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From: Emil Dotchevski (emildotchevski_at_[hidden])
Date: 2006-07-04 15:09:52

Dean Michael Berris wrote:
> On 7/4/06, Emil Dotchevski <emildotchevski_at_[hidden]> wrote:
>> I don't think it can be completely avoided. If you throw
>> failed<foo>, you should catch(foo &) to handle the exception. At
>> this point you do need a dynamic_cast to get to the exception_info
>> sub-object. You could have a virtual function in foo to get you an
>> exception_info *, but I don't think that this is appropriate.
> Let's see:
> template <typename _T>
> class failed : public exception_info, public std::exception {
> public:
> failed() { };
> explicit failed (const _T & e) : _wrapped_exception(e) { };
> // ... other common methods ...
> };
> //...
> try {
> ...
> } catch (exception_info & e) {
> ...
> }
> where `e` is already an exception_info reference.

Yes, but that's how it's done in the exception lib when the exception is
caught in otherwise exception-neutral contexts, only for the purpose to add
info to it; no need for dynamic_cast there.

But when you handle the exception, you shouldn't catch exception_info &, you
should catch T (from your example). And now you need dynamic_cast to get to
the exception_info sub-object.

>>> This also seems like too much work for exception handling -- which
>>> seems harder to do than just creating my own exception class which
>>> derives from std::exception, and then a custom constructor that
>>> contains a copy of the information object that I know I want to be
>>> available from those that will be receiving the exception.
>> When you say that you can just create your own exception class, do
>> you mean that you'd create a different exception class for each
>> combination of context information you want to bundle in it?
> Granted that the idea is that the exceptions themselves will be
> designed by me, and that I know what code will require what
> information, it sounds like a reasonable way of going about it --
> compared to doing a dynamic_cast all the time, and the interface being
> not so clear and "developer friendly".

But that's far from granted! Consider this example:

void copy_file( char const * name1, char const * name2 )
    boost::shared_ptr<FILE> f1 = my_fopen(name1,"rb");
    boost::shared_ptr<FILE> f2 = my_fopen(name2,"wb");
        my_fread( buf, 1, buf_size, f1 ); //throws by
        my_fwrite( buf, 1, buf_size, f2 ); //throws by
    catch( exception_info & xi )
        xi << wrap_string<source_name>(name1) <<

OK, you are the designer of the my_fread and my_fwrite functions, and the
file_read_error and file_write_error exceptions they throw. How do you know
that a user will use them in a copy operation? You can't provide for storing
a source and target file name in the exception objects without knowing that,
can you?

This is why the exception lib is necessary, because the context information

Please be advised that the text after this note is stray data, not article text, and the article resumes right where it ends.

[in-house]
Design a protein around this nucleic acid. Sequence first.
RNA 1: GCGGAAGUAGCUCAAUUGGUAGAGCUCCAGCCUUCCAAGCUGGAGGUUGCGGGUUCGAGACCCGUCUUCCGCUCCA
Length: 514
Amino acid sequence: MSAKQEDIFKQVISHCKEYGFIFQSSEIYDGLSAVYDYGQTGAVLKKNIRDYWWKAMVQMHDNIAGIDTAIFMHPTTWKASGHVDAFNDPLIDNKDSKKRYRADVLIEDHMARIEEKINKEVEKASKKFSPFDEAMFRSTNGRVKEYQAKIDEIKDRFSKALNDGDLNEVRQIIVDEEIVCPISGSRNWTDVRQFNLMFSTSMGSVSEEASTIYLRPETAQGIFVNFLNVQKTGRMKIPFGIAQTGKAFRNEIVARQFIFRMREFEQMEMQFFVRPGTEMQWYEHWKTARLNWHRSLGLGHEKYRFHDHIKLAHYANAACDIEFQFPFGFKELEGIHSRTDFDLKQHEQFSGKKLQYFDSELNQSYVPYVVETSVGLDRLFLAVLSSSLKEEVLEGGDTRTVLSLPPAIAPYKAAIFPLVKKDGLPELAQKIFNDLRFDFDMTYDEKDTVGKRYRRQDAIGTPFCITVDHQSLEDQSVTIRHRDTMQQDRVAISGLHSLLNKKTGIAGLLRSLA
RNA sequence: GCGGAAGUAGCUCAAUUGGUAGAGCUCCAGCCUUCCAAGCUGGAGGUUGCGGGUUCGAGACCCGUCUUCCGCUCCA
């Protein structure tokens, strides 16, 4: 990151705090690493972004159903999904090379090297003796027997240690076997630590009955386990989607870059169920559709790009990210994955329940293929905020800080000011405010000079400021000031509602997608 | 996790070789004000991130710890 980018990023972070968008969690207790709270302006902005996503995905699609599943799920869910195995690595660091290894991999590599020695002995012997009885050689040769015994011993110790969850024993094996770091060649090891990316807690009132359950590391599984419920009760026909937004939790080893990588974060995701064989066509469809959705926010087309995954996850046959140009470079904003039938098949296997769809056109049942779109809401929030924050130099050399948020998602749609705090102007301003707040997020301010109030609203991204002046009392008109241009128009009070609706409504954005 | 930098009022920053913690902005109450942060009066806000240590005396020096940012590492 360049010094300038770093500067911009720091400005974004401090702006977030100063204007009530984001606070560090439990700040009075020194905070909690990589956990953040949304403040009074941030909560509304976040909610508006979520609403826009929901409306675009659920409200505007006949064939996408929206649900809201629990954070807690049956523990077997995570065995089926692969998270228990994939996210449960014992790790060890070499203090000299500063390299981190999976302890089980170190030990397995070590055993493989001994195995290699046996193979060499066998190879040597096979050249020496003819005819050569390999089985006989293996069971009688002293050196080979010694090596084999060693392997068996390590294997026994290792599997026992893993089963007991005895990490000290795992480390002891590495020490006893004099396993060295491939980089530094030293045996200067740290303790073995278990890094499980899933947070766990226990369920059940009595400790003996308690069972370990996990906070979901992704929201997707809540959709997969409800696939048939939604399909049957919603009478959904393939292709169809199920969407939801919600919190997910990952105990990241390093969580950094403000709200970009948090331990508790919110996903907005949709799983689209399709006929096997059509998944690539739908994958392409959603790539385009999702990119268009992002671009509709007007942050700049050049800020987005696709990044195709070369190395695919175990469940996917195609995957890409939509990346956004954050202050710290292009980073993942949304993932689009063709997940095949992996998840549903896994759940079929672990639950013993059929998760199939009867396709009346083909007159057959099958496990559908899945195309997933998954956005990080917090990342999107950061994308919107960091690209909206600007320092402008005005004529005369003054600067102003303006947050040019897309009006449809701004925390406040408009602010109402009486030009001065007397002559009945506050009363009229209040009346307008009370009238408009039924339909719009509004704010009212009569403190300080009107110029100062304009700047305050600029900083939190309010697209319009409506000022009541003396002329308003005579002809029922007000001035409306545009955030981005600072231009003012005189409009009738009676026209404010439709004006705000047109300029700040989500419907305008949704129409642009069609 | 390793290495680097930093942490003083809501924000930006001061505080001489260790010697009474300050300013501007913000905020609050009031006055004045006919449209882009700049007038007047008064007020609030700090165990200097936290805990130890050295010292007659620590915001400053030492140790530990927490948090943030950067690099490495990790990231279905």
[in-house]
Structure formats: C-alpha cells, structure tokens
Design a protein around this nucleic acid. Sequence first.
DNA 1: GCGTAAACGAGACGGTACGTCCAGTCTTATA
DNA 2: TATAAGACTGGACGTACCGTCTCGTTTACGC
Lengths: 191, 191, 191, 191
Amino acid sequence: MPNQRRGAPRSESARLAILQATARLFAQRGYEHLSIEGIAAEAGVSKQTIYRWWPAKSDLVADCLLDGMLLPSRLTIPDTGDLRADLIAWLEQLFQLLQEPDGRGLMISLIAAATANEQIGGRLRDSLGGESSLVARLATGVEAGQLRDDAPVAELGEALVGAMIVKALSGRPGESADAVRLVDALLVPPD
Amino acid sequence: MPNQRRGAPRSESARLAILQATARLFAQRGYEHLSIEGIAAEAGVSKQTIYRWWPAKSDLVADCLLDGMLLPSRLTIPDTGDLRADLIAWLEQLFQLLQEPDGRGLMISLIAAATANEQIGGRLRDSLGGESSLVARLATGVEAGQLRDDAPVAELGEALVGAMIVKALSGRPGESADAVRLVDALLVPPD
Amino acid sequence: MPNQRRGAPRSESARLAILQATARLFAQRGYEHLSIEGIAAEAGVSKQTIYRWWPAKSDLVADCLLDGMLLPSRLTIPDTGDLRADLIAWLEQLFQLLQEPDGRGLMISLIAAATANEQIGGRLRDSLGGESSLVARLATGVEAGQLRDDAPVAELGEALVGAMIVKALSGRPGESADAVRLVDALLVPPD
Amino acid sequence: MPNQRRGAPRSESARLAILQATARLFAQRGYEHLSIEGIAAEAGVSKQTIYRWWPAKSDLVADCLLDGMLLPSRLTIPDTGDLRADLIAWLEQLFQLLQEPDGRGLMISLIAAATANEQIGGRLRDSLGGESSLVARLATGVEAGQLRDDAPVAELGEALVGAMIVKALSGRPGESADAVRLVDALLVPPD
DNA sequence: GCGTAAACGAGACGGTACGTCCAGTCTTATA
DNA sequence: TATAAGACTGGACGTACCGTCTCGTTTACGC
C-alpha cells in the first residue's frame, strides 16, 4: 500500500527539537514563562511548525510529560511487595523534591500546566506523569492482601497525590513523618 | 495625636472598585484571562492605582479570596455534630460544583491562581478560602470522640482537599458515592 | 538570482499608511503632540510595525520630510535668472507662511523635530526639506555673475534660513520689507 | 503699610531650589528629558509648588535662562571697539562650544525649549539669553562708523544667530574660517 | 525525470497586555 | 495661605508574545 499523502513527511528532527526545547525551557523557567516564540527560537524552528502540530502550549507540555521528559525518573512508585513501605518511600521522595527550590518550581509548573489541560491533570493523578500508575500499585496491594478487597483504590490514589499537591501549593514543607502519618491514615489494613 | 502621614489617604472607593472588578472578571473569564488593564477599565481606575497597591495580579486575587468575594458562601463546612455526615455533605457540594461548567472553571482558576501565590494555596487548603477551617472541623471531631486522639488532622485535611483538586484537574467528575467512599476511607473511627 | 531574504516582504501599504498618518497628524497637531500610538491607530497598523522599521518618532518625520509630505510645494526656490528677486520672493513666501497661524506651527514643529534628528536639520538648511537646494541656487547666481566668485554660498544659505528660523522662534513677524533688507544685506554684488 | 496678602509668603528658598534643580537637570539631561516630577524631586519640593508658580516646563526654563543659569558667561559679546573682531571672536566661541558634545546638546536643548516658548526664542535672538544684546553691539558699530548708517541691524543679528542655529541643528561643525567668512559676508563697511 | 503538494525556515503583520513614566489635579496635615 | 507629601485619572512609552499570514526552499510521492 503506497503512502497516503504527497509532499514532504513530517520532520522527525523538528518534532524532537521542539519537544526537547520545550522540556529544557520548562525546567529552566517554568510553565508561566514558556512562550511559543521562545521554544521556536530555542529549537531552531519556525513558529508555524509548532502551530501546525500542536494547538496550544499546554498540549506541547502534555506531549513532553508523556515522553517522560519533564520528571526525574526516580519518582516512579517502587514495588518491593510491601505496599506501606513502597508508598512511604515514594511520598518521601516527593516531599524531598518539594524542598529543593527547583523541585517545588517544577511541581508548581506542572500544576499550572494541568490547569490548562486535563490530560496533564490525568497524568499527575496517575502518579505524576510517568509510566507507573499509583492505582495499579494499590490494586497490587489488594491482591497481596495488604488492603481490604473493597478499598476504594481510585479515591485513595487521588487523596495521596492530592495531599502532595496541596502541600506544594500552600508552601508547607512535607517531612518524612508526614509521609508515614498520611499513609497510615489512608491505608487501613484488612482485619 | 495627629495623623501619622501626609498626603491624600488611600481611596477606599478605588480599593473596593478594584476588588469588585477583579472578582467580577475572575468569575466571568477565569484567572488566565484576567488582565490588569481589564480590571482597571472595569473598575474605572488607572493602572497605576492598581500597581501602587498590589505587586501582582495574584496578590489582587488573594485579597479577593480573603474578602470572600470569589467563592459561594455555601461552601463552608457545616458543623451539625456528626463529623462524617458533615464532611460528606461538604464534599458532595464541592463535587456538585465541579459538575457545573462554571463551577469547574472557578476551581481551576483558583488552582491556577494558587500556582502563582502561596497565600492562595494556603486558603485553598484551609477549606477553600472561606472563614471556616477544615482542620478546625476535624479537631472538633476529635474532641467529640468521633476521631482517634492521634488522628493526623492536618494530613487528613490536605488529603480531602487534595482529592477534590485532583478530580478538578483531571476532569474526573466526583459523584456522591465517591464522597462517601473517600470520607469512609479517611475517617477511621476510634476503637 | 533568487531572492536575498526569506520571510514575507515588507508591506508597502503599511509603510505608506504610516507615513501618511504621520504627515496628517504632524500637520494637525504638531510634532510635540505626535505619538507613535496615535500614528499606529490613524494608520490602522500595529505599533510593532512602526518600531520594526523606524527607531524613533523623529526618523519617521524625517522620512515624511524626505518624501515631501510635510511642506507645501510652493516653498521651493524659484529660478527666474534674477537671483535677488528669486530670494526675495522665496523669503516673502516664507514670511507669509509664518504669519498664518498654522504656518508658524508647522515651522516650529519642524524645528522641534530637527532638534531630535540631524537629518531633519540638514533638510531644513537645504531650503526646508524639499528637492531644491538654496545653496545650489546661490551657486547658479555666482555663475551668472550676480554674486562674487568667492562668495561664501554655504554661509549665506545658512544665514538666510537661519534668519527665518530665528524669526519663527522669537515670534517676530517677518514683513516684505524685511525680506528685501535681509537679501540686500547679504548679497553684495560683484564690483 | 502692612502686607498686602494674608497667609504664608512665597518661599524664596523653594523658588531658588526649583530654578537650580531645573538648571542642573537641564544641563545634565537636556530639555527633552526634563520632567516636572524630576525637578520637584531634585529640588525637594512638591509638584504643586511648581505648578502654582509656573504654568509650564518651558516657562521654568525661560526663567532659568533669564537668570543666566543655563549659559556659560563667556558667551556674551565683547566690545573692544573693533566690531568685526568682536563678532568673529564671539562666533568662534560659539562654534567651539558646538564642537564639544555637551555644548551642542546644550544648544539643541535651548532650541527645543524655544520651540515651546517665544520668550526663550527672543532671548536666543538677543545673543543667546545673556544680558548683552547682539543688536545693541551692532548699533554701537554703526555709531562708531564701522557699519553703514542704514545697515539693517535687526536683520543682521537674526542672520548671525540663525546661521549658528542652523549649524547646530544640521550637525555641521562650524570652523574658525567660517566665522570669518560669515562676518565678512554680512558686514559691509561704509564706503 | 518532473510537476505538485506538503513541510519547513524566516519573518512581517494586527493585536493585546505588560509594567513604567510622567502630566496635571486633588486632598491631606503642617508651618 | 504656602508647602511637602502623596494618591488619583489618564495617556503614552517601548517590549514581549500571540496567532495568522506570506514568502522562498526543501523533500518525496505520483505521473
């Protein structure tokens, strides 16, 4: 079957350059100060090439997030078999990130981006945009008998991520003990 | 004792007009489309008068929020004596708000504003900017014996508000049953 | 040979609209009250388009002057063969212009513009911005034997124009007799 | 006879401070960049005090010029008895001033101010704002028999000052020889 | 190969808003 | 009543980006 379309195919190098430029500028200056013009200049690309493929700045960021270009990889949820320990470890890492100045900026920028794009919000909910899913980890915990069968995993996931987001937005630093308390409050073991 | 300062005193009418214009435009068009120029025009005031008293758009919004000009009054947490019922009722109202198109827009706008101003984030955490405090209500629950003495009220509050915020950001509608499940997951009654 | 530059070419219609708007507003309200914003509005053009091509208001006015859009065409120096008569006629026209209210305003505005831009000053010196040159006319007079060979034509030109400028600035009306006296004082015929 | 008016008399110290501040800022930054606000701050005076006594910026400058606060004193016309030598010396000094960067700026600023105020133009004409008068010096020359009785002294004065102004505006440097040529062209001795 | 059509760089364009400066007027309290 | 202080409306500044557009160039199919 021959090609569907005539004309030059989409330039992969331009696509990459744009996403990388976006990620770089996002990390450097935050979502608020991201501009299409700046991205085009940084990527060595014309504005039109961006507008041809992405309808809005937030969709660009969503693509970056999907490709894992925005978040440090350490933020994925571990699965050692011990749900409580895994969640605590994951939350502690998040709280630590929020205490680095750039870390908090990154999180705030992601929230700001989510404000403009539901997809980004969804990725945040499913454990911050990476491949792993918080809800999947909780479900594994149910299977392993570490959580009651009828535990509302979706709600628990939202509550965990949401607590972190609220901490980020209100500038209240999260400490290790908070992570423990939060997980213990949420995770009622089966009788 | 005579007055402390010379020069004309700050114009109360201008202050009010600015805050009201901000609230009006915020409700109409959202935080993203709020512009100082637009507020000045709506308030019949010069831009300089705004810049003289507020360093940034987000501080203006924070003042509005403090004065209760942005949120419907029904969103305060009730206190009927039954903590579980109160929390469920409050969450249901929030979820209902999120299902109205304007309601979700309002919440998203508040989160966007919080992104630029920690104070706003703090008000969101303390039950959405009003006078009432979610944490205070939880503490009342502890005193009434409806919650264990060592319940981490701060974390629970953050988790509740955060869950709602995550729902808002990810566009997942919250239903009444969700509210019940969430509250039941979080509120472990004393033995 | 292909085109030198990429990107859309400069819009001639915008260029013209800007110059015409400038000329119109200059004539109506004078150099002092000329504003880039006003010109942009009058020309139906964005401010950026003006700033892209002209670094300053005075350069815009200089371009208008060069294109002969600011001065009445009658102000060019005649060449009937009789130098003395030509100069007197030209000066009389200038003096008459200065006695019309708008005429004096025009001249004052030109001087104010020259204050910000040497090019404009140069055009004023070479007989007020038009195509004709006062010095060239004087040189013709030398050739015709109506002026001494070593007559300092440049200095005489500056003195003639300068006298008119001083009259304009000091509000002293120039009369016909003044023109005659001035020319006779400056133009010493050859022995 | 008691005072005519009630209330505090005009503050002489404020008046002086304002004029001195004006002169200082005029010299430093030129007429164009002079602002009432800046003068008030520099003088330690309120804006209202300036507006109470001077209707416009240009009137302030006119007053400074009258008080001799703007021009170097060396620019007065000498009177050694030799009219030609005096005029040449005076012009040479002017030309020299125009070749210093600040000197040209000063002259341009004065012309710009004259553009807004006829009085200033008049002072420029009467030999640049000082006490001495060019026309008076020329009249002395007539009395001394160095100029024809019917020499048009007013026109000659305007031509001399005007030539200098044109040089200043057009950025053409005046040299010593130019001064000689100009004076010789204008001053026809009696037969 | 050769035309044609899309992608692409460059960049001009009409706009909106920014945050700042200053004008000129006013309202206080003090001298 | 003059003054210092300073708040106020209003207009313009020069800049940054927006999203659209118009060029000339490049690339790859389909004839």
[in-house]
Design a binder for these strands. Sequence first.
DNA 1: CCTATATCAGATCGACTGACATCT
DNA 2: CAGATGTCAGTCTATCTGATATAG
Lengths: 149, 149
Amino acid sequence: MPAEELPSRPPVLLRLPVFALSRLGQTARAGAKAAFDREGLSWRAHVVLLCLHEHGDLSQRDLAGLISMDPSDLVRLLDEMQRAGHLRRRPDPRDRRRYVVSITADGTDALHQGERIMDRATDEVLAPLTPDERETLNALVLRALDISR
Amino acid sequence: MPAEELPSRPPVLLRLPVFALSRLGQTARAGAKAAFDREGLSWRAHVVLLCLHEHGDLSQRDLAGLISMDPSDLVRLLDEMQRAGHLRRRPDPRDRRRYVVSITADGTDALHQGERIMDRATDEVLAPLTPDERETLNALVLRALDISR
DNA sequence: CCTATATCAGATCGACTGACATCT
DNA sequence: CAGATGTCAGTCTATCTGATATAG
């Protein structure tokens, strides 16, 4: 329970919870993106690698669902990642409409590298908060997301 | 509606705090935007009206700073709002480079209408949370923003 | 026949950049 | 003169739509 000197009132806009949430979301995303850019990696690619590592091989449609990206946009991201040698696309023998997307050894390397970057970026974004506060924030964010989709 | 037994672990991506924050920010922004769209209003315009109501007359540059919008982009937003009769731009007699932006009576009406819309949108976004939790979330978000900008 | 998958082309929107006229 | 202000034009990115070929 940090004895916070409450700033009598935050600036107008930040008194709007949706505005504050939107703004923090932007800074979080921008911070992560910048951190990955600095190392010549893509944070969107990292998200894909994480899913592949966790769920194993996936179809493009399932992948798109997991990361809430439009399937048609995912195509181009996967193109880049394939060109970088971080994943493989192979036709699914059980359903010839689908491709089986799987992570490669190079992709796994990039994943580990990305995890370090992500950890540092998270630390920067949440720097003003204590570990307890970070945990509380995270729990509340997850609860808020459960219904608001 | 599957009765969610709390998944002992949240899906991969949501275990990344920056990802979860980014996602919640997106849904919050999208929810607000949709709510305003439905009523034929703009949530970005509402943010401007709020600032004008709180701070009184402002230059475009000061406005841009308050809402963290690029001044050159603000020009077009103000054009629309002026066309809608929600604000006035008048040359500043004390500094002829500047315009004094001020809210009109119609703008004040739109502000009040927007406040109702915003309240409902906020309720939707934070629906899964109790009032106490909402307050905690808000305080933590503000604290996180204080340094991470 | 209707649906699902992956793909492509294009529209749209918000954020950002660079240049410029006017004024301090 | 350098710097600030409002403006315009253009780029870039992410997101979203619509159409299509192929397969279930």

is really that: context information. It depends on the context in which the
code that throws is being called, and is out of your control and beyond your
knowledge. The idea is to always use the failed function template when
throwing, even if you don't have info to add to the exception at the point
of the throw. This way you enable higher stack loations to add context
information by catching you as exception_info &.

>>> Is there a good reason why you're not using a "composite-style" [see
>>> GoF composite pattern] exception if you intend to be able to add
>>> information as the exception is propagated through the try {}
>>> catch(...) {} blocks?
>> If you catch(...), you can't do anything to the exception object.
>> That's why you need class exception_info: so you can
>> catch(exception_info&) and add info to it, regardless of T in a
>> throw failed<T>(). Or did you mean to use composite pattern to
>> organize the information in an exception_info? Could you illustrate
>> this with an example?
> I meant for general catch blocks, I didn't intend to say that the
> literal catch(...) {} blocks. Something like this:
> struct composite_exception {
> std::vector<composite_exception> _exceptions;
> void add(const composite_exception & e) {
> _exceptions.add(composite_exception(e));
> }
> explicit composite_exception(const composite_exception & other) :
> _exceptions(other._exceptions) { };
> composite_exception() {};
> // add common methods here, like "what()"
> };
> So you can do something like:
> try {
> } catch (composite_exception & e) {
> //... iterate through the vector
> };

But by catching composite_exception &, you are really using value semantics
to handle the exception. It's like sayng that you can always throw integer
error codes, then catch( int ), and do a switch-case on the error code.

In C++, we use types (not values) to differentiate between the different
types of errors. The exception lib does not violate this principle: the
value semantics of class exception_info are not intended for figuring out
how to respond to the exception. When you throw failed<foo>(), you would
catch(foo &) (or any of its public base types) to handle the exception; the
exception_info sub-object is there only to provide context information, such
as file names or whatever else makes sense for the user to see.


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